Last night, I had the immense pleasure of attenting the RATP’s presentation about the use of LRT rather than subways. I’m not going to attempt to reproduce the information here, but am hopeful that the illustrations will show up on the TTC’s website fairly soon.
Toronto has needed this sort of presentation for a long time, and if only scheduling problems had allowed it other than on a Friday evening, there might even have been media coverage and more representation from senior staff and politicians outside of the City.
The Mayor of Paris decided that he wanted to reduce car use and green the city, and that transit was a key to regeneration of the inner suburbs. ‘Tramways” (LRT in our terms) were the solution both for their lower cost (why build “five times the capacity at five to eight times the price”) and for their ability to stimulate the neighbourhoods through which they passed because of the pedestrian activity along the route.
Major street redesign was integral to their plans. They knew perfectly well that the tramway would reduce road capacity, and the lower traffic volume combined with the lowered road speed converted semi-arterials into calmer, walkable neighbourhoods.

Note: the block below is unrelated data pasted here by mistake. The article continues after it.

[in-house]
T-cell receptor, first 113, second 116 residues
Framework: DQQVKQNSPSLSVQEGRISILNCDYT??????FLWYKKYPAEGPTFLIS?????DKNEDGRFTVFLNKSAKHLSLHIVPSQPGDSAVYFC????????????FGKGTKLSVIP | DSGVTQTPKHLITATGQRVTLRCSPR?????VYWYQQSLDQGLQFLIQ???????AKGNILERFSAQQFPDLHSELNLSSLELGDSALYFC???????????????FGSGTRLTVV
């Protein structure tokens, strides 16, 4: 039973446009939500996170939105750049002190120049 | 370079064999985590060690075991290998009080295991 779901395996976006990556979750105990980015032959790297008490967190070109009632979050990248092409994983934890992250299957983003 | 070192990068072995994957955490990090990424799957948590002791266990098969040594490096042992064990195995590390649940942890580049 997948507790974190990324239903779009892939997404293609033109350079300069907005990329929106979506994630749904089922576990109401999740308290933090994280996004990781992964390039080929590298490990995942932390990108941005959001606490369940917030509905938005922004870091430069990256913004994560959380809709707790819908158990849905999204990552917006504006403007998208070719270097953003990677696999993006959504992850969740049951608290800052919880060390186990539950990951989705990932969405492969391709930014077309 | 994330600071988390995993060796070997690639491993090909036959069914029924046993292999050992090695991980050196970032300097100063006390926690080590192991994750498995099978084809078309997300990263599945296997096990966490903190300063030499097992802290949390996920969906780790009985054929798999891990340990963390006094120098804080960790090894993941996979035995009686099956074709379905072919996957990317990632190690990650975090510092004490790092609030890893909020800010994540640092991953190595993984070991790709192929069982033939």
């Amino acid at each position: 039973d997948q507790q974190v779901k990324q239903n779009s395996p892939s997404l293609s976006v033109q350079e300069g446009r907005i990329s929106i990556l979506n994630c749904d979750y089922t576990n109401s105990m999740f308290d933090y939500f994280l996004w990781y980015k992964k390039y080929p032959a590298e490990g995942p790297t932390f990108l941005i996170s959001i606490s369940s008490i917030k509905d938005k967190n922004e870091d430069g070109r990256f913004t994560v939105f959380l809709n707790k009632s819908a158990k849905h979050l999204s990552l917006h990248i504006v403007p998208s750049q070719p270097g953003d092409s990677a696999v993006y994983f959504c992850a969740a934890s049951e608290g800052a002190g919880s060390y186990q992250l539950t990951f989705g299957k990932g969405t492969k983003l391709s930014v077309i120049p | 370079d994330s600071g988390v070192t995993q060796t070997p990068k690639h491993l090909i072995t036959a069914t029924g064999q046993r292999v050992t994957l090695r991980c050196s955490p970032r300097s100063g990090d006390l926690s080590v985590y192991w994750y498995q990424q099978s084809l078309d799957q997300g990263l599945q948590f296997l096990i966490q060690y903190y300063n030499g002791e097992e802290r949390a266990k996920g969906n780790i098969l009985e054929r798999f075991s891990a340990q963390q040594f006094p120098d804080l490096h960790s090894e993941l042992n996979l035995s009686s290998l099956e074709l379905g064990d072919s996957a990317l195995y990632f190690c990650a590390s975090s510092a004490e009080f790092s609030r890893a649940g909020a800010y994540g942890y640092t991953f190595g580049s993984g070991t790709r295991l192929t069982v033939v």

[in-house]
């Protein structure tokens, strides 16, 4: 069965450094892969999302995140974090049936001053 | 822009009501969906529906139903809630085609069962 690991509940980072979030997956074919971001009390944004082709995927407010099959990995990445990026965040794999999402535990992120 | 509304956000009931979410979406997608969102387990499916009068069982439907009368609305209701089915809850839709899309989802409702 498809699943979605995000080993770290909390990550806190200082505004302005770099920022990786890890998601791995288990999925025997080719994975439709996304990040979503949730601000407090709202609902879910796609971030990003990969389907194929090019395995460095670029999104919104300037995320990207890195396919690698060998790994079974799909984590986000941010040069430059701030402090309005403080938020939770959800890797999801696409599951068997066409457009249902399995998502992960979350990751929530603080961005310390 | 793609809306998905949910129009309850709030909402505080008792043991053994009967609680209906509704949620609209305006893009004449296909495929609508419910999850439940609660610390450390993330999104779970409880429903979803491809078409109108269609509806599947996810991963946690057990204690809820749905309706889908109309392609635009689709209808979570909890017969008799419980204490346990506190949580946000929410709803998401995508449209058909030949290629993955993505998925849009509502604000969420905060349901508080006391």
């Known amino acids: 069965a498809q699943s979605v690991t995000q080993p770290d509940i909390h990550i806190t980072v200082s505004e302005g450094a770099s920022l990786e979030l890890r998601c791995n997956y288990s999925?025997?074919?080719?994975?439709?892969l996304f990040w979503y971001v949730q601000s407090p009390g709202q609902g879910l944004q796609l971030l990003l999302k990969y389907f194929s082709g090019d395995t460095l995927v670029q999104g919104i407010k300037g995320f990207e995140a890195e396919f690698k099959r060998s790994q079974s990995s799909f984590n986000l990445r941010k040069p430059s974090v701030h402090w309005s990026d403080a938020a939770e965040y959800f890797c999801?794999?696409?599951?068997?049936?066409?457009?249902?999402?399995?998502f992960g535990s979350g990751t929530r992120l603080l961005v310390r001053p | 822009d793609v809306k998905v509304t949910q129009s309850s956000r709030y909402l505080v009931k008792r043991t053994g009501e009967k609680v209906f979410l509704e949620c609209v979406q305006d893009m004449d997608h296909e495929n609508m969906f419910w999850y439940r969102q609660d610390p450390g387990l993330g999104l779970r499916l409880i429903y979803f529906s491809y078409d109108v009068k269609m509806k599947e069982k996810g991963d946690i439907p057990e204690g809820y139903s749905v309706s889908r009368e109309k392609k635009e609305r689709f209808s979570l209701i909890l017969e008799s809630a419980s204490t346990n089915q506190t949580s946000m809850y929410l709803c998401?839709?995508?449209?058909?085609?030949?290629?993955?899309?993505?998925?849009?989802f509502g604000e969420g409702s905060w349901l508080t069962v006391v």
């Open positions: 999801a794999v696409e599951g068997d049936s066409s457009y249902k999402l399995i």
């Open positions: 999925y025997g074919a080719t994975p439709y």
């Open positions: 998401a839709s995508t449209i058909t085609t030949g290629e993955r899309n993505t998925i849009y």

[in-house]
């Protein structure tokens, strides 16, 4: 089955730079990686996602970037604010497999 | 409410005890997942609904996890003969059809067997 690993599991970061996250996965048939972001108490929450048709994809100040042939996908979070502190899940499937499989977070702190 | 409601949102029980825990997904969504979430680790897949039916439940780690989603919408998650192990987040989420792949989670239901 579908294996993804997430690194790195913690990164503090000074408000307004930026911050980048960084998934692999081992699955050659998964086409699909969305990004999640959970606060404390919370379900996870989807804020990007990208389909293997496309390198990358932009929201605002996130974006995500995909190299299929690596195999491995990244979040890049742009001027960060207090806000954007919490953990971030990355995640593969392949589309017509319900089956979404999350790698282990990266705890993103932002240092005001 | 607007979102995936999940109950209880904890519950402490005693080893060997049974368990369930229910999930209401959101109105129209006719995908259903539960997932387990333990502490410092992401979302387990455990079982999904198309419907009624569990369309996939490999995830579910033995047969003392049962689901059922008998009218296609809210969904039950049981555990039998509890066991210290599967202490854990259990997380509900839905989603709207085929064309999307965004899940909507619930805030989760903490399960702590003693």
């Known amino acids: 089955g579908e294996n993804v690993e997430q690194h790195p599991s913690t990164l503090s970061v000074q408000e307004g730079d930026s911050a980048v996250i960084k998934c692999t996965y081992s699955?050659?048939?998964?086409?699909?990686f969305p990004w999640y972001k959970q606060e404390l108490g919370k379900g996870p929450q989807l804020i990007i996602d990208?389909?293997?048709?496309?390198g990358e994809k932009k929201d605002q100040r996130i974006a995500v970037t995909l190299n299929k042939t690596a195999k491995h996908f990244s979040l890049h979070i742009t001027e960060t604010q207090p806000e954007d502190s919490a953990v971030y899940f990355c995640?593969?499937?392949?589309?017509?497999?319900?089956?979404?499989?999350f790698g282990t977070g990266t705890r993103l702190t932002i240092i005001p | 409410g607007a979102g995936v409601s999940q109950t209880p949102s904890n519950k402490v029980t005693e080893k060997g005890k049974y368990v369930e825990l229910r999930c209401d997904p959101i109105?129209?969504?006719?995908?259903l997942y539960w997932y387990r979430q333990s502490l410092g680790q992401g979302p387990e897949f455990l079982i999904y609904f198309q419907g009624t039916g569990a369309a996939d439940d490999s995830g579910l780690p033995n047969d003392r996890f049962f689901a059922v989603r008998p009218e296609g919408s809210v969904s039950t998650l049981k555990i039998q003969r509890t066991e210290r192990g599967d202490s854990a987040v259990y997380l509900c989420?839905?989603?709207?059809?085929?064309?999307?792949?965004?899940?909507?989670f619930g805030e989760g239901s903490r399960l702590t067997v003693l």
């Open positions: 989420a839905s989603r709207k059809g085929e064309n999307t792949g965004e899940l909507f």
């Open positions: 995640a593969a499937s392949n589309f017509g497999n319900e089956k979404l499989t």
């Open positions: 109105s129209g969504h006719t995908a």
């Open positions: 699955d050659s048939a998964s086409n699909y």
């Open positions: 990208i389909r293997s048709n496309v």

The bus service to be replaced had reached the maximum it could handle, and substantial additional riding came with the conversion to LRT. They are now running peak headways of 4 minutes (15 trains/hour) of cars with a capacity of 300. This is on a street with short blocks and much local demand. Indeed, stop service time is a considerable part of the trip time even with all-door loading. This makes the trip slightly slower, but avoids the need for passengers to access stations.
The construction projects were co-ordinated between all utilities and agencies, and a liaison committee met monthly with people and businesses in the affected areas. A standard method of compensation for business interruption handled the vast majority of complaints in that department. Construction co-ordination was vital to avoid the sort of cock-ups we have seen on St. Clair where each city agency rearranges its priorities without regard for the impact on overall project plans.
I could not help noticing the absence of centre poles to hold up the overhead even though the streets were a good six lanes wide. Poles are considered visual polution in Paris and their use is minimized. Where one pole can do the work of two or three, it does. Transit City urban design team please take note.
This is not to say that the Paris Tramways and street geometries are a model for everything we do in Toronto, but it is so refreshing to have a city say “this is what we can do” rather than endless reasons for delay.
As and when the presentation is available online, I will update this post with descriptive comments.